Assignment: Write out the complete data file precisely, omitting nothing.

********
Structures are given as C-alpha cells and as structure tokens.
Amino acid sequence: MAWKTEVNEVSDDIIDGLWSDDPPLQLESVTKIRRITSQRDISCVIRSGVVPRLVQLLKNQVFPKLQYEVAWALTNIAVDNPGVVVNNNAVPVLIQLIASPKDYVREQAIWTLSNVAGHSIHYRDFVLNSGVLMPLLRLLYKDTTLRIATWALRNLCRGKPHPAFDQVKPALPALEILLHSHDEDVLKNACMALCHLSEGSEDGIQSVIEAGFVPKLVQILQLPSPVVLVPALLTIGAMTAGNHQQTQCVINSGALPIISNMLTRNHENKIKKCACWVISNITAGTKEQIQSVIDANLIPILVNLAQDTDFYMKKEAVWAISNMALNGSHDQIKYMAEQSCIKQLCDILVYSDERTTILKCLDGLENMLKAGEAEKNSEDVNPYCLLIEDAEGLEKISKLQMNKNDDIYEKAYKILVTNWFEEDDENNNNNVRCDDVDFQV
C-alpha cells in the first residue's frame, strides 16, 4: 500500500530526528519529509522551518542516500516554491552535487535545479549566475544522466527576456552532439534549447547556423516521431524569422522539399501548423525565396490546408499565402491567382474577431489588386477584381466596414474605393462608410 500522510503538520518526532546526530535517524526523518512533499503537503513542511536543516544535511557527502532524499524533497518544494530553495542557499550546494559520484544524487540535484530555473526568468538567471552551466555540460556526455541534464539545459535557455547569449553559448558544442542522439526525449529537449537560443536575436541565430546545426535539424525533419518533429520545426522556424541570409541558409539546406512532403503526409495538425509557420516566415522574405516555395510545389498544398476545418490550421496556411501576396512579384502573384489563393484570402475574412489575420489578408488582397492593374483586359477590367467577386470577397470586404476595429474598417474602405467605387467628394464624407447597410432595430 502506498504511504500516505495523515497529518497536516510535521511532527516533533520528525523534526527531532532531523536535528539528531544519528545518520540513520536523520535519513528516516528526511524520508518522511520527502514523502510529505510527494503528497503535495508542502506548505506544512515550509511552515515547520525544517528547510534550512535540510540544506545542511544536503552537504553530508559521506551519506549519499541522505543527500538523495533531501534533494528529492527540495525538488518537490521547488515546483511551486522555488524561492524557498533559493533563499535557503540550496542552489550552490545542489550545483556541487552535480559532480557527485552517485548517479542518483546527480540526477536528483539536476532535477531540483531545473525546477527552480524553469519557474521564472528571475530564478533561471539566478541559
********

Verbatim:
Structures are given as C-alpha cells and as structure tokens.
Amino acid sequence: MAWKTEVNEVSDDIIDGLWSDDPPLQLESVTKIRRITSQRDISCVIRSGVVPRLVQLLKNQVFPKLQYEVAWALTNIAVDNPGVVVNNNAVPVLIQLIASPKDYVREQAIWTLSNVAGHSIHYRDFVLNSGVLMPLLRLLYKDTTLRIATWALRNLCRGKPHPAFDQVKPALPALEILLHSHDEDVLKNACMALCHLSEGSEDGIQSVIEAGFVPKLVQILQLPSPVVLVPALLTIGAMTAGNHQQTQCVINSGALPIISNMLTRNHENKIKKCACWVISNITAGTKEQIQSVIDANLIPILVNLAQDTDFYMKKEAVWAISNMALNGSHDQIKYMAEQSCIKQLCDILVYSDERTTILKCLDGLENMLKAGEAEKNSEDVNPYCLLIEDAEGLEKISKLQMNKNDDIYEKAYKILVTNWFEEDDENNNNNVRCDDVDFQV
C-alpha cells in the first residue's frame, strides 16, 4: 500500500530526528519529509522551518542516500516554491552535487535545479549566475544522466527576456552532439534549447547556423516521431524569422522539399501548423525565396490546408499565402491567382474577431489588386477584381466596414474605393462608410 500522510503538520518526532546526530535517524526523518512533499503537503513542511536543516544535511557527502532524499524533497518544494530553495542557499550546494559520484544524487540535484530555473526568468538567471552551466555540460556526455541534464539545459535557455547569449553559448558544442542522439526525449529537449537560443536575436541565430546545426535539424525533419518533429520545426522556424541570409541558409539546406512532403503526409495538425509557420516566415522574405516555395510545389498544398476545418490550421496556411501576396512579384502573384489563393484570402475574412489575420489578408488582397492593374483586359477590367467577386470577397470586404476595429474598417474602405467605387467628394464624407447597410432595430 502506498504511504500516505495523515497529518497536516510535521511532527516533533520528525523534526527531532532531523536535528539528531544519528545518520540513520536523520535519513528516516528526511524520508518522511520527502514523502510529505510527494503528497503535495508542502506548505506544512515550509511552515515547520525544517528547510534550512535540510540544506545542511544536503552537504553530508559521506551519506549519499541522505543527500538523495533531501534533494528529492527540495525538488518537490521547488515546483511551486522555488524561492524557498533559493533563499535557503540550496542552489550552490545542489550545483556541487552535480559532480557527485552517485548517479542518483546527480540526477536528483539536476532535477531540483531545473525546477527552480524553469519557474521564472528571475530564478533561471539566478541559